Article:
One divorce topic that we haven’t addressed on this blog yet is prenuptial agreements. These are important contracts that any soon-to-be-married couple should at least consider — but we’ll have more on this topic at a later date. For the time being, we bring up prenuptial agreements because they relate to credit, debt and divorce.
A prenuptial agreement can address the debts that spouses bring into a marriage. They can also address debts that you accrue during the marriage, either upon its original creation or in an update to the prenup later. Whether you have a prenup or not, though, is somewhat irrelevant to the topic at hand: debt and divorce can be a brutal combination. You should address your debt as soon as you can when a divorce is on the table.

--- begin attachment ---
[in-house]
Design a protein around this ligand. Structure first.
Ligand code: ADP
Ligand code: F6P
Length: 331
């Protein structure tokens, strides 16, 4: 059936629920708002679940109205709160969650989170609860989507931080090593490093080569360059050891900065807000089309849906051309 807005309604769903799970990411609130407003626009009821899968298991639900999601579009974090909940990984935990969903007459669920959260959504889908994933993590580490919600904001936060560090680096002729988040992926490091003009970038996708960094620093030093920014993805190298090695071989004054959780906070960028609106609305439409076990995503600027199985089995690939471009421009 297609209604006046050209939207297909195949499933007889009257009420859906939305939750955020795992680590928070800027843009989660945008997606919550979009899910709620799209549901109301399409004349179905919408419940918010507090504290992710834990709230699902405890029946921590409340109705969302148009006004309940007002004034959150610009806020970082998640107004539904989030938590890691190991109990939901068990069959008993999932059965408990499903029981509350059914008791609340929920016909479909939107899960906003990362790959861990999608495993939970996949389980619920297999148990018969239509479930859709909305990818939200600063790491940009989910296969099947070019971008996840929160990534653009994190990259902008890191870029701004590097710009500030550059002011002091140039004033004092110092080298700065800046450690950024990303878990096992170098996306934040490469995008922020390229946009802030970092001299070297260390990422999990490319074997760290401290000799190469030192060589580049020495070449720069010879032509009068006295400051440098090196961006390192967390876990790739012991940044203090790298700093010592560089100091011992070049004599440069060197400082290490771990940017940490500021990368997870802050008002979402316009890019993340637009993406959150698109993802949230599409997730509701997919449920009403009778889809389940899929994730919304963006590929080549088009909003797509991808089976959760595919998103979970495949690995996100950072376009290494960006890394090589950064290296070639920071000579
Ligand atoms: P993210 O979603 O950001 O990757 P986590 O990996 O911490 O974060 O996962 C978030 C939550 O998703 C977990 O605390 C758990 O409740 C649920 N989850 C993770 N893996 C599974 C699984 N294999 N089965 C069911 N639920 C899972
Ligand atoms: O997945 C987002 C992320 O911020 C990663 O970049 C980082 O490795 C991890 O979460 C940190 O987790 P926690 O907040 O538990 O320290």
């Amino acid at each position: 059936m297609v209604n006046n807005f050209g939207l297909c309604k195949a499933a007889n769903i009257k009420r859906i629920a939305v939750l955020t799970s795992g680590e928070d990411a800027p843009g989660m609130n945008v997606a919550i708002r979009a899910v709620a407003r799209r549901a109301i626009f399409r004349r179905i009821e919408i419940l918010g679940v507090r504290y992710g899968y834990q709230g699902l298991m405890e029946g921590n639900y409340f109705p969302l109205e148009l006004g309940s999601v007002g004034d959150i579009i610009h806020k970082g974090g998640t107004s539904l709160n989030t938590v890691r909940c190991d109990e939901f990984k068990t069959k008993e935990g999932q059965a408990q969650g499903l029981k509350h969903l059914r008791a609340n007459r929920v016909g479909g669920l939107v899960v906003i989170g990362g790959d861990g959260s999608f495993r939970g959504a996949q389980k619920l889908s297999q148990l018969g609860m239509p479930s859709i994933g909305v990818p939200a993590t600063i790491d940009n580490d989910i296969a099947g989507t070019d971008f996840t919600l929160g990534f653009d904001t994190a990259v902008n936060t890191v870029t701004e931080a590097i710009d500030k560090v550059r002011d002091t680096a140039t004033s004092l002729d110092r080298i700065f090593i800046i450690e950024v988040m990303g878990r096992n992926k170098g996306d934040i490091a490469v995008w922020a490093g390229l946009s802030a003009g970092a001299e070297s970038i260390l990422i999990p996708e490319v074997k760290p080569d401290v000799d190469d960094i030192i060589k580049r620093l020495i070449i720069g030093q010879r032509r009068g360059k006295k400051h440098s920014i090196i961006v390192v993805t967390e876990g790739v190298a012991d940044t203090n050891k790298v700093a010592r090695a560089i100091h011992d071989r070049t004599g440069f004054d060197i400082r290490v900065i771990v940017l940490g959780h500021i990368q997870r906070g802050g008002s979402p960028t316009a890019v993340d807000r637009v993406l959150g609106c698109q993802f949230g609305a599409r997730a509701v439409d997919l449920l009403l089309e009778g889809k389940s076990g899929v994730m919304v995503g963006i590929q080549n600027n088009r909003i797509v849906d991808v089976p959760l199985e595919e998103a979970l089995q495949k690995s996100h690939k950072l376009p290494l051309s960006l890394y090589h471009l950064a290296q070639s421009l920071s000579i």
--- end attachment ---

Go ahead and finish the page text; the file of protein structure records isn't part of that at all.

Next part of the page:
Consider this example: say you and your spouse agree to divorce, and in the ultimate divorce decree it is accepted that your ex-spouse will pay the debts you have in a joint credit account. A few months pass, and one day you get a call from creditors wondering why you haven’t come current on your account. As it turns out, your ex-spouse wasn’t responsible and never paid back the creditors.
Now your credit score is being damaged, even though legally your former spouse was supposed to fulfill his or her obligation with the creditors.
It is best for divorcing spouses to balance their accounts before they complete their divorce (or as soon as possible thereafter) to alleviate any headaches late payments may cause.